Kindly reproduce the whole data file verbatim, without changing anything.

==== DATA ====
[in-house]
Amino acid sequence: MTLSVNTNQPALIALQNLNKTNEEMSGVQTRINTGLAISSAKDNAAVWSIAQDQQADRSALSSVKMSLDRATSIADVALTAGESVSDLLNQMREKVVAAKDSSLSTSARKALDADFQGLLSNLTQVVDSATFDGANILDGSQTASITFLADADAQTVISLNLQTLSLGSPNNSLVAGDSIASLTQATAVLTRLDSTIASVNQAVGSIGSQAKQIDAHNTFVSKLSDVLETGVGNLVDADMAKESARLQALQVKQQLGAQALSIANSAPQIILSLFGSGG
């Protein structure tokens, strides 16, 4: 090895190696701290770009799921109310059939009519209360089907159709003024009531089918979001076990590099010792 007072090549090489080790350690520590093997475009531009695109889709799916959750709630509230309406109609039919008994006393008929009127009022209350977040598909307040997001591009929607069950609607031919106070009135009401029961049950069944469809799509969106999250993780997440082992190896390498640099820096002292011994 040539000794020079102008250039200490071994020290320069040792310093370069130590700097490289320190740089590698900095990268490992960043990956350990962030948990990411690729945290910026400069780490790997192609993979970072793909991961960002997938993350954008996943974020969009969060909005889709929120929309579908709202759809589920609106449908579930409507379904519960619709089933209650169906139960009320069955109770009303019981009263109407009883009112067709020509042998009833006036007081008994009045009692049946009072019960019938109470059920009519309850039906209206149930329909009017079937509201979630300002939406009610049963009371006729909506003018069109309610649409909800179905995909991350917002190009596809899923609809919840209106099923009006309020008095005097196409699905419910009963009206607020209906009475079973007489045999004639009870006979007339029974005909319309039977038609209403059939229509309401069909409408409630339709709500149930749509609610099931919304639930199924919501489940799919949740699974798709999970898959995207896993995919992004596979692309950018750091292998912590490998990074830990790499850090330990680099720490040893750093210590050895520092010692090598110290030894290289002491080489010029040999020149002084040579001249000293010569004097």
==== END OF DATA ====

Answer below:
[in-house]
Amino acid sequence: MTLSVNTNQPALIALQNLNKTNEEMSGVQTRINTGLAISSAKDNAAVWSIAQDQQADRSALSSVKMSLDRATSIADVALTAGESVSDLLNQMREKVVAAKDSSLSTSARKALDADFQGLLSNLTQVVDSATFDGANILDGSQTASITFLADADAQTVISLNLQTLSLGSPNNSLVAGDSIASLTQATAVLTRLDSTIASVNQAVGSIGSQAKQIDAHNTFVSKLSDVLETGVGNLVDADMAKESARLQALQVKQQLGAQALSIANSAPQIILSLFGSGG
């Protein structure tokens, strides 16, 4: 090895190696701290770009799921109310059939009519209360089907159709003024009531089918979001076990590099010792 007072090549090489080790350690520590093997475009531009695109889709799916959750709630509230309406109609039919008994006393008929009127009022209350977040598909307040997001591009929607069950609607031919106070009135009401029961049950069944469809799509969106999250993780997440082992190896390498640099820096002292011994 040539000794020079102008250039200490071994020290320069040792310093370069130590700097490289320190740089590698900095990268490992960043990956350990962030948990990411690729945290910026400069780490790997192609993979970072793909991961960002997938993350954008996943974020969009969060909005889709929120929309579908709202759809589920609106449908579930409507379904519960619709089933209650169906139960009320069955109770009303019981009263109407009883009112067709020509042998009833006036007081008994009045009692049946009072019960019938109470059920009519309850039906209206149930329909009017079937509201979630300002939406009610049963009371006729909506003018069109309610649409909800179905995909991350917002190009596809899923609809919840209106099923009006309020008095005097196409699905419910009963009206607020209906009475079973007489045999004639009870006979007339029974005909319309039977038609209403059939229509309401069909409408409630339709709500149930749509609610099931919304639930199924919501489940799919949740699974798709999970898959995207896993995919992004596979692309950018750091292998912590490998990074830990790499850090330990680099720490040893750093210590050895520092010692090598110290030894290289002491080489010029040999020149002084040579001249000293010569004097």